- The Enterprise
- The Recorder
I enjoyed Phil Zalesak’s letter on climate change being a natural occurrence in the Dec. 7 issue of The Enterprise. To paraphrase an old adage, “Those who are ignorant of history are unprepared for it.” By this I mean anyone familiar with history or earth science knows the Earth has been going through warm and cold spells, continental shift, volcanic activity, etc. for millions of years. Why, scientists have even proven that the magnetic poles have reversed more than once. I expect that these changes will continue until the sun becomes a red dwarf.
A majority of people seem to think that because it is convenient for them to keep the climate the same as they have always experienced it is somehow the best of all possible worlds. Why just 200 years ago, prior to the evil industrial revolution that has caused the generation of so many greenhouse gases, we thought nothing of New York harbor or even Breton Bay freezing over so that you could take the shortcut home across the ice. Does this happen today?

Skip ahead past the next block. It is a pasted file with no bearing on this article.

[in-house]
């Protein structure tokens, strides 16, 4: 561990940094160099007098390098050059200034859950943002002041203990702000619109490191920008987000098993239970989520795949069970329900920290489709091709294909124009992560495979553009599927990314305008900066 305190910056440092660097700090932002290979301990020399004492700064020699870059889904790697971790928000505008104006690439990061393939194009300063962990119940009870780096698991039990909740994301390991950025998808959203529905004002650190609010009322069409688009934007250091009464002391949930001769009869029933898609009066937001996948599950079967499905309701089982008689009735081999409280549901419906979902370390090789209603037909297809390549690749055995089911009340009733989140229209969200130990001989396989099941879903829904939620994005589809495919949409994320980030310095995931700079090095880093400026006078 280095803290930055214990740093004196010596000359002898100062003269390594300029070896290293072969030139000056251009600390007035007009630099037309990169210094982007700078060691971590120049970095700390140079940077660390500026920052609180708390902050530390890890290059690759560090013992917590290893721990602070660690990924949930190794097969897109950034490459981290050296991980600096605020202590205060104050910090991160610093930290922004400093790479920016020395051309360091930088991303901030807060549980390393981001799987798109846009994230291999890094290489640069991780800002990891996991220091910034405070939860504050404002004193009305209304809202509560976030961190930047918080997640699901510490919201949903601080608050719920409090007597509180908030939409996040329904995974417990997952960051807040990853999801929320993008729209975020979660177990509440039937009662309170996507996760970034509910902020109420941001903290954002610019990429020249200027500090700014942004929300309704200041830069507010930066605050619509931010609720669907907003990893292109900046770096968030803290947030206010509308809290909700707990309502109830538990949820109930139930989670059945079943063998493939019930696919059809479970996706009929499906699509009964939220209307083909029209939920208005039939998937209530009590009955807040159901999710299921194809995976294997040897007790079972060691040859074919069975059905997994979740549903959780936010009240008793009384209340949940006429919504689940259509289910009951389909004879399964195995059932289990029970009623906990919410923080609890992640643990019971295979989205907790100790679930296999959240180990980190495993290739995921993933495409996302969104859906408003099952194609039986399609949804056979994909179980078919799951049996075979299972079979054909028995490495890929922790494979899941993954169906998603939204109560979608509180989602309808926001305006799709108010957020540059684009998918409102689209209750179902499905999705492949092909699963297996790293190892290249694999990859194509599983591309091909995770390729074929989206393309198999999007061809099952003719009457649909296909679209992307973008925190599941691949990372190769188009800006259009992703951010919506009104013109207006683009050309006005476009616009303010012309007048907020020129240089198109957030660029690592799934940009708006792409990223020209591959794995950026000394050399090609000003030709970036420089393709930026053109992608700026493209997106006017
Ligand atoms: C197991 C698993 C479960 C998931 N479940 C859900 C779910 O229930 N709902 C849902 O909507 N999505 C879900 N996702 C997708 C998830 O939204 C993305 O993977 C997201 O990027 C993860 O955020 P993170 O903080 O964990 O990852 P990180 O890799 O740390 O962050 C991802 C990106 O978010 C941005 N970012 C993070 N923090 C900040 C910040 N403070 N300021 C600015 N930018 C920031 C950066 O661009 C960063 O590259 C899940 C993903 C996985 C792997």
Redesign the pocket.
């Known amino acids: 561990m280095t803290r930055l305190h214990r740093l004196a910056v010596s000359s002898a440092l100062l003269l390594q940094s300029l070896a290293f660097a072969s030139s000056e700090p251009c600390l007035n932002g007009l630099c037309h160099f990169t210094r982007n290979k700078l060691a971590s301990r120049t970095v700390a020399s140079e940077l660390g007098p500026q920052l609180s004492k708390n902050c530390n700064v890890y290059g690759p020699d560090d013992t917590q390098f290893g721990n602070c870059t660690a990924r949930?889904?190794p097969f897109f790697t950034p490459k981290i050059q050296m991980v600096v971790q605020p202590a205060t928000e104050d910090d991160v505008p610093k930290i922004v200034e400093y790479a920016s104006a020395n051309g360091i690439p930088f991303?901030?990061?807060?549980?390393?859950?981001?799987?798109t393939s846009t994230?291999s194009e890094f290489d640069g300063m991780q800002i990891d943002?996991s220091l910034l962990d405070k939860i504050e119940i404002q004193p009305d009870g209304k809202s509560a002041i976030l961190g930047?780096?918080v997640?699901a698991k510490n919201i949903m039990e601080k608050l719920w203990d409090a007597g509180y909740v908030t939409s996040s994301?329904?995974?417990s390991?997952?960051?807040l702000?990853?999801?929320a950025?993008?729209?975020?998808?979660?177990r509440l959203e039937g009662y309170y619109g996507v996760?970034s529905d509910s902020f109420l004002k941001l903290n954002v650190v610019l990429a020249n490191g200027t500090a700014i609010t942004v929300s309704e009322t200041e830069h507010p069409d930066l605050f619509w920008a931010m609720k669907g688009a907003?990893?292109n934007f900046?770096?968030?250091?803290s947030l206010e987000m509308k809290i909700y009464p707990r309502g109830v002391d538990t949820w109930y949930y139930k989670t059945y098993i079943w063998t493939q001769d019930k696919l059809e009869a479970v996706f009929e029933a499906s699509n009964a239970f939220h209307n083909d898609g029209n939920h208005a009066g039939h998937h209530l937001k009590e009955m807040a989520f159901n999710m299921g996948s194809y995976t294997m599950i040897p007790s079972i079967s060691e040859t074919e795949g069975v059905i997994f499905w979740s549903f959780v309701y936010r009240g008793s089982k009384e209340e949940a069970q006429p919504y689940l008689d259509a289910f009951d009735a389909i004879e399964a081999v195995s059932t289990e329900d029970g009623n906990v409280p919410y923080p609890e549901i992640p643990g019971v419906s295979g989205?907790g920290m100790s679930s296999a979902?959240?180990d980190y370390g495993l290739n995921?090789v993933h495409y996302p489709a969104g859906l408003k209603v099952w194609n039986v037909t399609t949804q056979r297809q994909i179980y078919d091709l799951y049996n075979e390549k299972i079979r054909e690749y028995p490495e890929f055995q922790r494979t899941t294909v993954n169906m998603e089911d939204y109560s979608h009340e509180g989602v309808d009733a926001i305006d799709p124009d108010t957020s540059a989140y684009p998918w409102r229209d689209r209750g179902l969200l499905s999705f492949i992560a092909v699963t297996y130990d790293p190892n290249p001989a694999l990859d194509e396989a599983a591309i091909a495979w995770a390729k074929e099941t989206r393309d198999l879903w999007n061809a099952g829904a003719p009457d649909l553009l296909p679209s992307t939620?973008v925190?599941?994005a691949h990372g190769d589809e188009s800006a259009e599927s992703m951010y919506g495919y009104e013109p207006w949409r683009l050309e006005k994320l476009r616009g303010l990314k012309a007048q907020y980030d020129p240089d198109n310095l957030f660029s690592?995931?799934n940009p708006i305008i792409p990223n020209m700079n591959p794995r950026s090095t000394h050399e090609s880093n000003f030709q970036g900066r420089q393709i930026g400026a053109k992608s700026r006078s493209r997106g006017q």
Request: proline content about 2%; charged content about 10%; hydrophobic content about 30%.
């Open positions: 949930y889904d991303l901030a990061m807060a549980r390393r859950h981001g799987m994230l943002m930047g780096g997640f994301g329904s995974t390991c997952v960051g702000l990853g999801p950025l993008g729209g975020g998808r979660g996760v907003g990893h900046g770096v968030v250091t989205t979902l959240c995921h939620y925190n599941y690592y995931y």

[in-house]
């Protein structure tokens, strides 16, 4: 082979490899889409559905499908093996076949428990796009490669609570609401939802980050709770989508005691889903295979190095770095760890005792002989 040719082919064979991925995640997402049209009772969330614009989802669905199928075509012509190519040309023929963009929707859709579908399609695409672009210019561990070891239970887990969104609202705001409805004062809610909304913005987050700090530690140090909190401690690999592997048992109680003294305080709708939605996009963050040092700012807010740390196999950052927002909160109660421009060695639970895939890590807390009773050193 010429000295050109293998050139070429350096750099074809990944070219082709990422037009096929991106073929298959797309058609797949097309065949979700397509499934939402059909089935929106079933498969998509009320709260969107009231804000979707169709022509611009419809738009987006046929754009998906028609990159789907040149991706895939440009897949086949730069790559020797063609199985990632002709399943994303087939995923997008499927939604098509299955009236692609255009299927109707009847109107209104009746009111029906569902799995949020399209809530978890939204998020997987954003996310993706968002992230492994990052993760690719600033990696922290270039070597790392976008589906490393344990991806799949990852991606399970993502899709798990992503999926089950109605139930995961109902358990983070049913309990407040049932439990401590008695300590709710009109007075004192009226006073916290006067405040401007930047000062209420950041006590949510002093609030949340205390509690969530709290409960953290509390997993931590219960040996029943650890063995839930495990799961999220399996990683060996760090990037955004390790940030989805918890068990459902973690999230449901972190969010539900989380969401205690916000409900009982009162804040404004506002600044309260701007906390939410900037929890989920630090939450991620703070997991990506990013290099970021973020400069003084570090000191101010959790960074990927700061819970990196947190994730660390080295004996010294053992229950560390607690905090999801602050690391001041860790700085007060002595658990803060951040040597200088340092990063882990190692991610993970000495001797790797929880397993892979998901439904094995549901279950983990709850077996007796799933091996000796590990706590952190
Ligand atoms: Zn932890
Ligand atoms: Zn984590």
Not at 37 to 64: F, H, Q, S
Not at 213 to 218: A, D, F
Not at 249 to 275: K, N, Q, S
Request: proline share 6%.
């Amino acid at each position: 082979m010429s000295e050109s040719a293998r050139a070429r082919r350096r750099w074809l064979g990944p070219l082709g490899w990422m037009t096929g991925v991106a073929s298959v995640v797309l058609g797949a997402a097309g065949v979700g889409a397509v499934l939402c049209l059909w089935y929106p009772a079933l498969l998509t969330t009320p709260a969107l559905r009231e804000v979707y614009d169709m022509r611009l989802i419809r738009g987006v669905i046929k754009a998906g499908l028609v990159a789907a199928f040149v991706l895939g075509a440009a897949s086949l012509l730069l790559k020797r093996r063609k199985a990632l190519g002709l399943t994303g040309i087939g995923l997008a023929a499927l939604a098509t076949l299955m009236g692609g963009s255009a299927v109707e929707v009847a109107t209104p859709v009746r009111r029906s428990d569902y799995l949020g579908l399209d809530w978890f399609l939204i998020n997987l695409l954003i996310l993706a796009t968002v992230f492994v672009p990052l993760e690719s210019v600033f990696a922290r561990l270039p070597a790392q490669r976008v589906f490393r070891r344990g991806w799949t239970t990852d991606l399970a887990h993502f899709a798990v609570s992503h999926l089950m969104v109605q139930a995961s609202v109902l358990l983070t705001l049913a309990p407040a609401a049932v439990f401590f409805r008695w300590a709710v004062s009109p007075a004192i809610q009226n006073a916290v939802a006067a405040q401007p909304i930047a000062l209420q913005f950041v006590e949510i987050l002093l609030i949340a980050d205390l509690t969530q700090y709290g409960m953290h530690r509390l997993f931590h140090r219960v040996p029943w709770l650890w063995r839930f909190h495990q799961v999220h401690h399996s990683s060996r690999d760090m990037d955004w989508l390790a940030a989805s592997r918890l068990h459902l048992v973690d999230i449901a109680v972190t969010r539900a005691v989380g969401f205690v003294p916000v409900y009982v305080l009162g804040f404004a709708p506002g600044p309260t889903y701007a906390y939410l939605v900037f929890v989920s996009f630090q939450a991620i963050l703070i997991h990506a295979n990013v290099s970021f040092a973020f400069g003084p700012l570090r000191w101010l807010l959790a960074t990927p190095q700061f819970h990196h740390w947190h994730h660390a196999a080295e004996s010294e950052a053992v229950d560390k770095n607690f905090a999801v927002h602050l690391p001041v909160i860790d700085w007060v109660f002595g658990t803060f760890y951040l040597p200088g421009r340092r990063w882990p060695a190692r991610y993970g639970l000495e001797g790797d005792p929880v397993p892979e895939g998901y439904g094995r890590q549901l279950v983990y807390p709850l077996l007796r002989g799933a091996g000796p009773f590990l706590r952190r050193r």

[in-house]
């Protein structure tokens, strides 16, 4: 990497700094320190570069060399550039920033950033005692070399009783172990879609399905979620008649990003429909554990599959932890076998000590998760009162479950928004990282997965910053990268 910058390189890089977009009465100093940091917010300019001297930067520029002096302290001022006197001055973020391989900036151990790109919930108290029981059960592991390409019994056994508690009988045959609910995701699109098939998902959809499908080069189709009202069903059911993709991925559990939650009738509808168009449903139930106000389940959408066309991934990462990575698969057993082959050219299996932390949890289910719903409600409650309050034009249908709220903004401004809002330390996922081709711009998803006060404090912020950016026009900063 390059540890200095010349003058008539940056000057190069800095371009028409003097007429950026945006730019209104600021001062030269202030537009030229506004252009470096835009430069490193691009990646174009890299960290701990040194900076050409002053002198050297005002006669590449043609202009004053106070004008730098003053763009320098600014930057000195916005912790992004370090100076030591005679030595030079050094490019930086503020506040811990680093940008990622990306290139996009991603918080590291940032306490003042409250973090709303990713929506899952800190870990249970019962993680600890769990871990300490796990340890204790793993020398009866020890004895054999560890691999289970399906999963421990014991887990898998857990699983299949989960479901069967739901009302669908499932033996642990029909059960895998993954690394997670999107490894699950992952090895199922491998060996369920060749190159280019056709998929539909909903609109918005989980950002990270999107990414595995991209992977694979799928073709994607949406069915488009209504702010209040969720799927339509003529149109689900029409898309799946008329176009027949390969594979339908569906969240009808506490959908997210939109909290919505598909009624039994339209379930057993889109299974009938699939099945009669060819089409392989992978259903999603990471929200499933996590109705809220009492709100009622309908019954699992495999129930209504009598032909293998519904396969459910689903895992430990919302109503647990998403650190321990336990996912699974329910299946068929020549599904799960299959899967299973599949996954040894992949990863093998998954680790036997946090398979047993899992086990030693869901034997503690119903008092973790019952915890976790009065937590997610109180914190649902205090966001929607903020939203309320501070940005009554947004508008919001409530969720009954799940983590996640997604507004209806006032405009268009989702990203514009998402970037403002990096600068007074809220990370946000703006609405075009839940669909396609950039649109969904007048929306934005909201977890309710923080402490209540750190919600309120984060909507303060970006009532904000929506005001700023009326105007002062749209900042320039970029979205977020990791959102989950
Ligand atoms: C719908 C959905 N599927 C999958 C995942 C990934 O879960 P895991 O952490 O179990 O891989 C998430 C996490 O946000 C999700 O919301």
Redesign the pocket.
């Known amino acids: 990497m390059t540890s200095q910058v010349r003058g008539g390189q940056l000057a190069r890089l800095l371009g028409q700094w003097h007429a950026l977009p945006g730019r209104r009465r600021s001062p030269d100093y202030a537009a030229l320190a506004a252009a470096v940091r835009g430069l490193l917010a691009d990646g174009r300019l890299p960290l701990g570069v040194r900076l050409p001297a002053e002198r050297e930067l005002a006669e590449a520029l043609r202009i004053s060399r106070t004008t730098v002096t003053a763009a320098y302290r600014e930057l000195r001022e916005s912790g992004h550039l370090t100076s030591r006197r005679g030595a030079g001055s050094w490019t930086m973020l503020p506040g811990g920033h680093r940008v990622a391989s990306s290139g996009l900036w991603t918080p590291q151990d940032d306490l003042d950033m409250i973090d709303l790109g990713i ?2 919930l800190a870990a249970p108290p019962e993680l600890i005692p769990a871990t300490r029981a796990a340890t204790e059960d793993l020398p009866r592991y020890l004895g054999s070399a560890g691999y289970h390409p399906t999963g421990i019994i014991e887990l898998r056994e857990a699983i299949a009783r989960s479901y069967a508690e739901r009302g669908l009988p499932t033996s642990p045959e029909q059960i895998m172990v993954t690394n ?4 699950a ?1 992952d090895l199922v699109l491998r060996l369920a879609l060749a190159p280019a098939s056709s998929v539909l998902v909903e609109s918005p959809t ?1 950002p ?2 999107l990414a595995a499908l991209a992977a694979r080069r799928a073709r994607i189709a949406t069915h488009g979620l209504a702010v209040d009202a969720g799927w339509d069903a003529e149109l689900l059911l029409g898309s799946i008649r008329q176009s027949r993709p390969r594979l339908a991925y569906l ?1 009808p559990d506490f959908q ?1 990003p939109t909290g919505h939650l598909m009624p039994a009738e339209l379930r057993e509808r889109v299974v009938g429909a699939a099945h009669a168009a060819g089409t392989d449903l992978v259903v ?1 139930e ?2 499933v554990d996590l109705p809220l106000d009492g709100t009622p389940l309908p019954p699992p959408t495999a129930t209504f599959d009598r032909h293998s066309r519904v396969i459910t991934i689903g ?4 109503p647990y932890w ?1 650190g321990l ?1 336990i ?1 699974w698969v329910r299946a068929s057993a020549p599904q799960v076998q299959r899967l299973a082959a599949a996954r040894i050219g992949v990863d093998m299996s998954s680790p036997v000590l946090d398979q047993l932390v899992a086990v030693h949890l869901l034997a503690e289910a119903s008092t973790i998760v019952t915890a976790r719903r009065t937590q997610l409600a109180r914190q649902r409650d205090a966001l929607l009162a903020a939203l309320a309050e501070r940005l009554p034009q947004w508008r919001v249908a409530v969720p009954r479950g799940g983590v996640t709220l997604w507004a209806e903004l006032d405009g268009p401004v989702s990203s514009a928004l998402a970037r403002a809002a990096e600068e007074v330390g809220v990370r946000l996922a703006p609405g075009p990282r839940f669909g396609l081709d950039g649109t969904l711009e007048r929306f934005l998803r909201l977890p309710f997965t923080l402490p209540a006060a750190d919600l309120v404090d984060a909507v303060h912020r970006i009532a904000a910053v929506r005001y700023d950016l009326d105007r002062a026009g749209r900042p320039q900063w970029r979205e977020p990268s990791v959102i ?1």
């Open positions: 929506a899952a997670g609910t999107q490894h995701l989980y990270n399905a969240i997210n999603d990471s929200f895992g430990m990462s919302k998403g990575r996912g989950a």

Earth was coming out of a very minor ice age and things were warming up all over. This is a trend that continues to this day. How about all those Asians who lost their land bridge to North America? I’ll bet they complained loudly to their neighbors, too. How about all those taxpayers who saw their hard-earned money being sent to New Orleans to rebuild a city situated below present-day sea level that is in a major hurricane alley? Many probably regret this complete waste of resources and more will come to this conclusion as the waters rise.
People hate change. It forces them to cope with new things. Ultimately, however, it would be a major change to attempt to stabilize Earth’s climate. Climate change has led to the evolution of civilization, diversification of our ecology, and voyages of exploration to the moon and beyond. What if the dinosaurs still ruled the planet? Who is to say when the Earth’s climate is “right?” Let’s just embrace the change, know what’s coming, and welcome the opportunity to evolve even further.
One other thing will continue to provide comfort to those unwilling to embrace change. Expect real estate taxes to continue their usual, steady, climb as there is less and less land to tax due to rising sea levels.
Glenn Weder, Hollywood